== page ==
POPHAM, William

From WikiName
Jump to: navigation, search
William Popham (c. 1914-1936)

POPHAM, William C. (c. 1914-1936), Stanford University student, leaped 120 feet to his death from the balcony of the Casino at Avalon, Santa Catalina Island during a dance. Popham attended the dance with his roommate, Gene Ernest. Apparently he was despondent that Audrey Roberta Wagner, of Long Beach, whom he had known for some time, wasn't interested in attending the dance with him.



In the News~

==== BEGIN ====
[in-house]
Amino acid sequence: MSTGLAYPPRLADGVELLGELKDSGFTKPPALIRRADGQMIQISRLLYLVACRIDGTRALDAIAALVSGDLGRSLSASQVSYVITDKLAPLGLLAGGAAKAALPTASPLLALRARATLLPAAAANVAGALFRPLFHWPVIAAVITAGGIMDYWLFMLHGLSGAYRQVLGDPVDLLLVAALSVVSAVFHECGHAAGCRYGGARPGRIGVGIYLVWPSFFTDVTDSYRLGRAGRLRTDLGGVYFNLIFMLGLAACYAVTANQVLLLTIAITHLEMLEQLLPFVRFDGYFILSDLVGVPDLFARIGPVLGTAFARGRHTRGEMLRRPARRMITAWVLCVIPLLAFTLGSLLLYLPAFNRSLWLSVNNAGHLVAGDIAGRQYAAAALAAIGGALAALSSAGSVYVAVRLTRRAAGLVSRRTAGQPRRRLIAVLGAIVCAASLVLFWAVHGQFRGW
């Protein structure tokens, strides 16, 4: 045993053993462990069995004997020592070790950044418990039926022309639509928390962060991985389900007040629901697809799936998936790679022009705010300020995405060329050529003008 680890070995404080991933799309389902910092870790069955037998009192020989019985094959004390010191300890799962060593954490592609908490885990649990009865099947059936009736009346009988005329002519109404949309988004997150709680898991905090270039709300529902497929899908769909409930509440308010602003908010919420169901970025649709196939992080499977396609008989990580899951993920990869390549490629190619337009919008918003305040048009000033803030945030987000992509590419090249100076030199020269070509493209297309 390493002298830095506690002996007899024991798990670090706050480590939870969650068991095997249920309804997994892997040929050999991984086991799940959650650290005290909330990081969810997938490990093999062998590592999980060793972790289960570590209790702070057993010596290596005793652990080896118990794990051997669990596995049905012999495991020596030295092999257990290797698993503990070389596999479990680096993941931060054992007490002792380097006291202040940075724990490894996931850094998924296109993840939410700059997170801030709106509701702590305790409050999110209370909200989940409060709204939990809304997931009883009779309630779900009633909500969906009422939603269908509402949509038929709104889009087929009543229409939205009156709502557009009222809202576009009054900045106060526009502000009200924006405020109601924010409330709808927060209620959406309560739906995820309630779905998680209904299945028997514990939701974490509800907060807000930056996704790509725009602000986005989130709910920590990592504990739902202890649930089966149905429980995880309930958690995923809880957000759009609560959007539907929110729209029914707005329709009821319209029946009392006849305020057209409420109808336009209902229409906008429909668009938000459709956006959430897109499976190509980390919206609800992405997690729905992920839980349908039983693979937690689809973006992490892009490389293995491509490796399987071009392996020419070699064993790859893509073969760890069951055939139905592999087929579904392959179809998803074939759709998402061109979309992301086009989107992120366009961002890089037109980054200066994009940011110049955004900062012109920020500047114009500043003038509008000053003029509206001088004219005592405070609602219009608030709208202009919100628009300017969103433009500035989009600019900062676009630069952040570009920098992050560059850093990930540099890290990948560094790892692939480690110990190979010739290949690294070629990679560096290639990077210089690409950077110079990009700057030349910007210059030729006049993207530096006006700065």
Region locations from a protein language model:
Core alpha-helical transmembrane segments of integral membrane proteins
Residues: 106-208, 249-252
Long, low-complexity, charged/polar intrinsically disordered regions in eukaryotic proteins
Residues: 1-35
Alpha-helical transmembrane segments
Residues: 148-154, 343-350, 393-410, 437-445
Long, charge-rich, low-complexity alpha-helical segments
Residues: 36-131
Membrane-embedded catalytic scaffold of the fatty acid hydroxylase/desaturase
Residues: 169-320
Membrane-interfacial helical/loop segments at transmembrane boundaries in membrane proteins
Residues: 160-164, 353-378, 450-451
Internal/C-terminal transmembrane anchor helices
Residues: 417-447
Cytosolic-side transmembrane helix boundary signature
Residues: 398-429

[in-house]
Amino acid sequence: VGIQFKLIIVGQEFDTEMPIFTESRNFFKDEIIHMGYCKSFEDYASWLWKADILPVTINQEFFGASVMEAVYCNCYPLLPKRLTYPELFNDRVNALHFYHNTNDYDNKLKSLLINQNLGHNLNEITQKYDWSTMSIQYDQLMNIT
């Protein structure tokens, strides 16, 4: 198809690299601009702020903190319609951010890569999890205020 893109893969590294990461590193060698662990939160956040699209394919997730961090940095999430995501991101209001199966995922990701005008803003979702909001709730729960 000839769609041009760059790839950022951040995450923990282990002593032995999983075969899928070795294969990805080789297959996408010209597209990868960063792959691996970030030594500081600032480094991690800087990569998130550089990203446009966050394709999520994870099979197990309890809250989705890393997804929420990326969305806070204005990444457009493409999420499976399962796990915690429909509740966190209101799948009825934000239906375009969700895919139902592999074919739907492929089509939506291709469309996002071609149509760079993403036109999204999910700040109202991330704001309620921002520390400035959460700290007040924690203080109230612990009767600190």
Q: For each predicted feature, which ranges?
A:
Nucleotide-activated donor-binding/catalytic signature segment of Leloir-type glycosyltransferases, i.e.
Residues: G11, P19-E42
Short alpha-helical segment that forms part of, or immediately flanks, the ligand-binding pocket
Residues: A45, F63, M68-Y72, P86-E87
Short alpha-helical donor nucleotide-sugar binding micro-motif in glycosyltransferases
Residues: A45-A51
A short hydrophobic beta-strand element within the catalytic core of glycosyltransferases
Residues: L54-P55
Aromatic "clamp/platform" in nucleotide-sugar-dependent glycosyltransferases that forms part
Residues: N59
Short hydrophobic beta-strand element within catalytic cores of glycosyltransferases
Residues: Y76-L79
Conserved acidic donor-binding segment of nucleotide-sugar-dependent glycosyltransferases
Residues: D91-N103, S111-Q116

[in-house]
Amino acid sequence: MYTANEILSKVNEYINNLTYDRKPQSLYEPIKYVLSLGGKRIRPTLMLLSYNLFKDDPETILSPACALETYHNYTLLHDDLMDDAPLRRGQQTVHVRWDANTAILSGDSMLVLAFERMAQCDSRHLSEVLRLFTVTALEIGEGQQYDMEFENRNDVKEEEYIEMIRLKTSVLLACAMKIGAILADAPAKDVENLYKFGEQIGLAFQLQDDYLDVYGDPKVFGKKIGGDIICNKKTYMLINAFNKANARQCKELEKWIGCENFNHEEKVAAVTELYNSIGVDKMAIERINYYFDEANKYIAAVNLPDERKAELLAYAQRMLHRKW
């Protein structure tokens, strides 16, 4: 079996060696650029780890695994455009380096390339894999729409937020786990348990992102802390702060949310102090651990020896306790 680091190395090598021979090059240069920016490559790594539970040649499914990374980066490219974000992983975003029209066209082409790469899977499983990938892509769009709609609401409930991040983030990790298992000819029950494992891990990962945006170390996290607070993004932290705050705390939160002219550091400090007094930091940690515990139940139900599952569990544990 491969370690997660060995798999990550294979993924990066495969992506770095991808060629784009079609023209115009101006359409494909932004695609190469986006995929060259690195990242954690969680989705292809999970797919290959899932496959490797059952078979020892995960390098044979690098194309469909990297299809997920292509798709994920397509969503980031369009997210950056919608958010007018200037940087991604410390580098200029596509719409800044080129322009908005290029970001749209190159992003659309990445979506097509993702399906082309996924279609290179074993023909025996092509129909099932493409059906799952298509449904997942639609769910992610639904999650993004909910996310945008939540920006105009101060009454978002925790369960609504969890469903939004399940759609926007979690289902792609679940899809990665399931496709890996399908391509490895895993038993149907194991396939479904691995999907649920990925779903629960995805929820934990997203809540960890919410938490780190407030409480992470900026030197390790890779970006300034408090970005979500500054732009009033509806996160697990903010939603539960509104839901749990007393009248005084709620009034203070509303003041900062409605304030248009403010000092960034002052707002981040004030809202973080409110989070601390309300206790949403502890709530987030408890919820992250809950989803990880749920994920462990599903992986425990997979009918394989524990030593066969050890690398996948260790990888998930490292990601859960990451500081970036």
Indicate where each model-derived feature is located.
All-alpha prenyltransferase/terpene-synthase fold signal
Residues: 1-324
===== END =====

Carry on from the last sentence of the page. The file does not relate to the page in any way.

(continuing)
September 9, 1936 [Healdsburg Tribune]: “Stanford man a suicide at Island resort. Leaps while music plays his girl's "favorite." Los Angeles, Sept. 9. — While the dance orchestra played a melody that haunted him with the memory of of his sweetheart, William Popham, 24 year old Stanford senior, leaped to his death from a high balcony at the casino at Avalon, Catalina Island, according to a report to the sheriff's office today. Geane Ernest of Los Angeles, who has roomed with Popham at the resort, told authorities that Popham went to the dance alone after his sweetheart had refused to go and jumped off the balcony when the orchestra played the girl's "favorite" melody. Authorities reported the Melvin Hayes, a friend, attempted to restrain the victim but he eluded Hayes grasp, scrambled a six foot railing and jumped. The youth had planned to return to Stanford next week to complete his studies. He was majoring in economics. His father, J. S. Popham, a salesman for an aluminum company, was on a business trip in northern California and relatives today were making an effort to notify him of his son's death.”